When is it indicated?
  • want plan that provides adequate retirement benefits to older employees with lower cost and simplicity of a defined contribution plan
  • when employer terminates existing defined benefit plan and wants to provide approximately the same benefits to most employees
  • closely held business or professional corporation has older key employees
  • can maximize retirement benefits for employees entering plan at older ages
  • older business owners and key employees may receive a larger portion of plan allocations as compared with other defined contribution plans
  • provides tax-deferred savings for employees
  • simple and inexpensive to design, administer, and explain to employees
  • plan benefits may be eligible for special 10 year averaging for income tax purposes
  • individual accounts allow plan participants to benefit from good investment results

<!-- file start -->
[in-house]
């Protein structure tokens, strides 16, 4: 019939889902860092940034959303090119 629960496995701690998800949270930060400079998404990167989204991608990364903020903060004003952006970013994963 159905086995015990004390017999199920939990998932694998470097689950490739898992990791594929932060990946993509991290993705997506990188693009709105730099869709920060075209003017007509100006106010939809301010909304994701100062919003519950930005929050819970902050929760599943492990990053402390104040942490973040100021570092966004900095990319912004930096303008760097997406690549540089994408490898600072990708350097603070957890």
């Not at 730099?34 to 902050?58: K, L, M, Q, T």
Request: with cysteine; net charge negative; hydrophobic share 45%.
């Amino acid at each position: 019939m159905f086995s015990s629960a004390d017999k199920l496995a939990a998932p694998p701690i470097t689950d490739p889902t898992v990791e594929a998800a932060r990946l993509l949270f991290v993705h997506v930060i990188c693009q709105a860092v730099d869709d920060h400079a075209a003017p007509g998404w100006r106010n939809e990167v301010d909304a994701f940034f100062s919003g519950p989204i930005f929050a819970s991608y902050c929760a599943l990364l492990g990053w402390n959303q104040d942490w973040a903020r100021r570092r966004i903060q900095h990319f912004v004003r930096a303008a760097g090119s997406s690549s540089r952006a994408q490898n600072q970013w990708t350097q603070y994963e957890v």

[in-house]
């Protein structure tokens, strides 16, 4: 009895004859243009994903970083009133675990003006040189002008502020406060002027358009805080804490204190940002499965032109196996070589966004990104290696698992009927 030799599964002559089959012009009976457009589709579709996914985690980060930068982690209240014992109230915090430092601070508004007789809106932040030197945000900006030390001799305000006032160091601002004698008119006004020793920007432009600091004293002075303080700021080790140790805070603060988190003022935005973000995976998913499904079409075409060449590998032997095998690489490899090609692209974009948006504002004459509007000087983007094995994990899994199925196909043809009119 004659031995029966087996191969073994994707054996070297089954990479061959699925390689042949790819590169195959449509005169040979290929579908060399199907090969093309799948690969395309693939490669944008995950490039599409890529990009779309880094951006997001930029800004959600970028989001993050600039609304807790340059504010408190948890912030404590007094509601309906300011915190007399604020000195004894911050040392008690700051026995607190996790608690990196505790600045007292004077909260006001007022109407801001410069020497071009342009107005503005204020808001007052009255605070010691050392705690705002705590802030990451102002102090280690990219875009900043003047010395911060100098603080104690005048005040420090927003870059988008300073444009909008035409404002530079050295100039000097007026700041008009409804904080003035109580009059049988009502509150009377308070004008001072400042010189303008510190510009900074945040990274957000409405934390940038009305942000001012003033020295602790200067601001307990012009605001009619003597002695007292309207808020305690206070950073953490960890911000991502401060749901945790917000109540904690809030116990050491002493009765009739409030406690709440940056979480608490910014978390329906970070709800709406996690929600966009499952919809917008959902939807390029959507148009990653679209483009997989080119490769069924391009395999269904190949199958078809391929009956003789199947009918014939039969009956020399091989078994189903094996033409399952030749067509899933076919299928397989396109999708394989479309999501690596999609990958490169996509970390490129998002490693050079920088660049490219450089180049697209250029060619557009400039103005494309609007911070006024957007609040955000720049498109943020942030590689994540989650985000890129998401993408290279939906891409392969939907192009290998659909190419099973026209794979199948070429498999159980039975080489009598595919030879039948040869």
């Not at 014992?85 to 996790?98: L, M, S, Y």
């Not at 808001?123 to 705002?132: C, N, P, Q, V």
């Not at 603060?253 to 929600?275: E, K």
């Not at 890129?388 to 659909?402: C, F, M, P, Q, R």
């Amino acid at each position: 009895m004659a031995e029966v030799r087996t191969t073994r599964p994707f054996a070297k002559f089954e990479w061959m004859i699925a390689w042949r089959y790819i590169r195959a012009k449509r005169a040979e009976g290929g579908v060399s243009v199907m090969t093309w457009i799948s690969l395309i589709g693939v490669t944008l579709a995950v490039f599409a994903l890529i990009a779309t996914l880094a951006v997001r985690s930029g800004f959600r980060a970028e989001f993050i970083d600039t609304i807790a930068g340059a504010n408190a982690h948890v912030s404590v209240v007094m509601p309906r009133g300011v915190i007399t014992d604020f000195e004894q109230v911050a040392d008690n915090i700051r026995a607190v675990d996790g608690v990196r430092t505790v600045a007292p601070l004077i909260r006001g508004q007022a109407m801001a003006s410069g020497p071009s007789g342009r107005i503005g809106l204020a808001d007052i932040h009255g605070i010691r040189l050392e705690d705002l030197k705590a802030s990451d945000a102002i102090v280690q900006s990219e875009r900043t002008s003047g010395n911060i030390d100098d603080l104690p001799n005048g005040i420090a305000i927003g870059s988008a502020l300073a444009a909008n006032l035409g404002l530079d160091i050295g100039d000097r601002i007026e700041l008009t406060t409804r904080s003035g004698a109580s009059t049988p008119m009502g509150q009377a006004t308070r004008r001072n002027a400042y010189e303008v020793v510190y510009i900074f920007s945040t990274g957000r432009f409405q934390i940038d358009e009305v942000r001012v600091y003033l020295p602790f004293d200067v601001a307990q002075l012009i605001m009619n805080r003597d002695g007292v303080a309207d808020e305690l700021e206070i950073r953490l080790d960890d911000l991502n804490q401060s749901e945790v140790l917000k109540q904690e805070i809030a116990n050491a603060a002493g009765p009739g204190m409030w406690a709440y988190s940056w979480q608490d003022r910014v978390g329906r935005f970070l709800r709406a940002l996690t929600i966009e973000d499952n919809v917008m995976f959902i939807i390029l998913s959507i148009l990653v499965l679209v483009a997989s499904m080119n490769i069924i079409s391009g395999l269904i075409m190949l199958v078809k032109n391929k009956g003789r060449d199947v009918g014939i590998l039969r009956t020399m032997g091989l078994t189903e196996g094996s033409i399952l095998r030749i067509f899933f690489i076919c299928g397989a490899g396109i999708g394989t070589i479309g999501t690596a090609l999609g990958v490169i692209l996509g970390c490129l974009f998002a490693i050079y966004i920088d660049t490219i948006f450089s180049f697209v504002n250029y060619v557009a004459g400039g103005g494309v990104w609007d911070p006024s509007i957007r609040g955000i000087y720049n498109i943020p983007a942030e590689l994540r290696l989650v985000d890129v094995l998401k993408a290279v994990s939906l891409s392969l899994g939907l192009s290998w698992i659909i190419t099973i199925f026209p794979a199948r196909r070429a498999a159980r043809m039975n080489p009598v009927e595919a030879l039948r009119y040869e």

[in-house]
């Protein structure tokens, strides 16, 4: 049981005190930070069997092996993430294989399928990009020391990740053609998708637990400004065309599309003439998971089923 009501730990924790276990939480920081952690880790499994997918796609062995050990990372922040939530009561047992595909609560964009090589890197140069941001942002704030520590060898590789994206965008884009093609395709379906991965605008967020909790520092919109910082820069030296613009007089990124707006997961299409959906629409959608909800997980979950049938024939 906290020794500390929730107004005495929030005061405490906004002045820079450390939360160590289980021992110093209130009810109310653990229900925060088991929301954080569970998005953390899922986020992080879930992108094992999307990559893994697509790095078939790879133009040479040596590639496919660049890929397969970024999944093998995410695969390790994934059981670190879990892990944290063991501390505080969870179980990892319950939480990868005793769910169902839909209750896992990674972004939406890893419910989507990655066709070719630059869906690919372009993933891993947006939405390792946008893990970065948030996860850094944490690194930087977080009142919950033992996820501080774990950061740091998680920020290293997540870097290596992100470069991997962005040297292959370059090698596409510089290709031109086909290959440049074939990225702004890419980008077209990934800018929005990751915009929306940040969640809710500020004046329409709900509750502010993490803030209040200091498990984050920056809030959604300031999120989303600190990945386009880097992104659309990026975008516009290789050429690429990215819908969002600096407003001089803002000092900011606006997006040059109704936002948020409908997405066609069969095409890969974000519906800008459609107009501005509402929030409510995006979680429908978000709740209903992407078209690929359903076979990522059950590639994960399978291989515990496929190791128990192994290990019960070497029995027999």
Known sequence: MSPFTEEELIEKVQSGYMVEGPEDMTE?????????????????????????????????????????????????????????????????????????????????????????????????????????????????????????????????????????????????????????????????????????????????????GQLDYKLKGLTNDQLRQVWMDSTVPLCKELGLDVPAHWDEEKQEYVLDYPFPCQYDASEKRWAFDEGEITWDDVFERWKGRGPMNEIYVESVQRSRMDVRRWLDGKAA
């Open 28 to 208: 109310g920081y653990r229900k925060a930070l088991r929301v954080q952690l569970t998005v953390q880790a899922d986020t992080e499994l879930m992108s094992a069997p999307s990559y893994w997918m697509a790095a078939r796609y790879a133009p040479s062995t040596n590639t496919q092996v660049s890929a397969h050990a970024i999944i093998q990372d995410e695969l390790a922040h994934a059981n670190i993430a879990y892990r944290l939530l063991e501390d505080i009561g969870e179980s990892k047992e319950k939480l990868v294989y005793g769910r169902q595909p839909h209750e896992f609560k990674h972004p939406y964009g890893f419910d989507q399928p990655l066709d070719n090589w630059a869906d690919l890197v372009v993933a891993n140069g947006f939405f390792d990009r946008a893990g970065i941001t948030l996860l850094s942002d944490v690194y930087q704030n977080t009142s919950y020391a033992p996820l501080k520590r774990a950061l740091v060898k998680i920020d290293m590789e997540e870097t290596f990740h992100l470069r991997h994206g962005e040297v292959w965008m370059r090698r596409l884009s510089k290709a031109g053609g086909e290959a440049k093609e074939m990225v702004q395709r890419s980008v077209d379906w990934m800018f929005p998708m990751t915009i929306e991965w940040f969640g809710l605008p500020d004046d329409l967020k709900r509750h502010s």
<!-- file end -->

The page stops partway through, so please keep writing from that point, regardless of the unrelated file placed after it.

• annual additions to employee account limited to lesser of 100% compensation or $49,000 (2011); these limits may disadvantage highly compensated or older employees
  • employees bear investment risk
  • contributions to age-weighted or cross-tested profit sharing plan must be “substantial and recurring”; target benefit plan contributions must meet minimum funding standards each year
  • age-weighted profit sharing plans have uncertain benefits; annual contributions not required
  • target pension plan or cross-tested plan may require annual actuarial services